August 27, 2010

Good Morning:

Today and Saturday I will join nearly 2,000 of you as we commemorate the fifth anniversary of Katrina by taking part in the Day of Service and Outreach Tulane.

In some ways August 29, 2005, feels like just yesterday, in others it seems like another lifetime. This is just one example of the mixed emotions I think many of us are experiencing as we approach this landmark anniversary. The grim images on the news recounting the horrors of Katrina and the breached levees bring back haunting memories of those dark days that will never be erased from my mind and heart. And yet I have never been more optimistic about the future of our university and city.

Reconciling these two reactions to the anniversary is something with which we all struggle. I am hoping that the special multi-media exhibition, opening Tuesday, August 31, on the first floor of the Lavin-Bernick Center for University Life, will help. This exhibition, constructed from the photos, newspapers, videos, memories and sacrifices of so many of you, will chronicle the story of Tulane's Hurricane Katrina experience.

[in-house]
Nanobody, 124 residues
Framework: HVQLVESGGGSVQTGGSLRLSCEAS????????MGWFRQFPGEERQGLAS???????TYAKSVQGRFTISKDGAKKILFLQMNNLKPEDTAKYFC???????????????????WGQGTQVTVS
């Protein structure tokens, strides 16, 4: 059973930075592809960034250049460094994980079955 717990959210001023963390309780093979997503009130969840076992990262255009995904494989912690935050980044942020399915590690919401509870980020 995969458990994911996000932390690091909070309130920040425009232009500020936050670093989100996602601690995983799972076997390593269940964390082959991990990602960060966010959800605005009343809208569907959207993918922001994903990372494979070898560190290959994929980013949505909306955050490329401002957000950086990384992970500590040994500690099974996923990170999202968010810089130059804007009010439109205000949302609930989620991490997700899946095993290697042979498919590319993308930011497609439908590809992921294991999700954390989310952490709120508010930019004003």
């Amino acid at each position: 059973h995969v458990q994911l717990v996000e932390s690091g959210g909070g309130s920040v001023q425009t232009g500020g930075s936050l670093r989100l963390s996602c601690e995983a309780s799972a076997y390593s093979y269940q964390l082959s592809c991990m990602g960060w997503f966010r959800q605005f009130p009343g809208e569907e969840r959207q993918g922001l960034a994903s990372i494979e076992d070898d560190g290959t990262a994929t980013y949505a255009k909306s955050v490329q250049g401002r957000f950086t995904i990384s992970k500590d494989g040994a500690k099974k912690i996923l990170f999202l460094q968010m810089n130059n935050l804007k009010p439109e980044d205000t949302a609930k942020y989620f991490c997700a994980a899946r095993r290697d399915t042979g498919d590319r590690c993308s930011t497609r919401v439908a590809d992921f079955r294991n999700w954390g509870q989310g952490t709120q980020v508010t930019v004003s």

With conflicting emotions that include wounds that won’t heal and opportunities that have brought undreamed of hope, I can only recall the words from one of my first messages to the university community in the hours after the storm. “It is difficult to describe what this situation feels like for those involved. It is surreal and unfathomable; yet, there is light at the end of the tunnel. Our focus is on the light and not the darkness.”

Five years later we are still focused on that light, and it is getting brighter each day.


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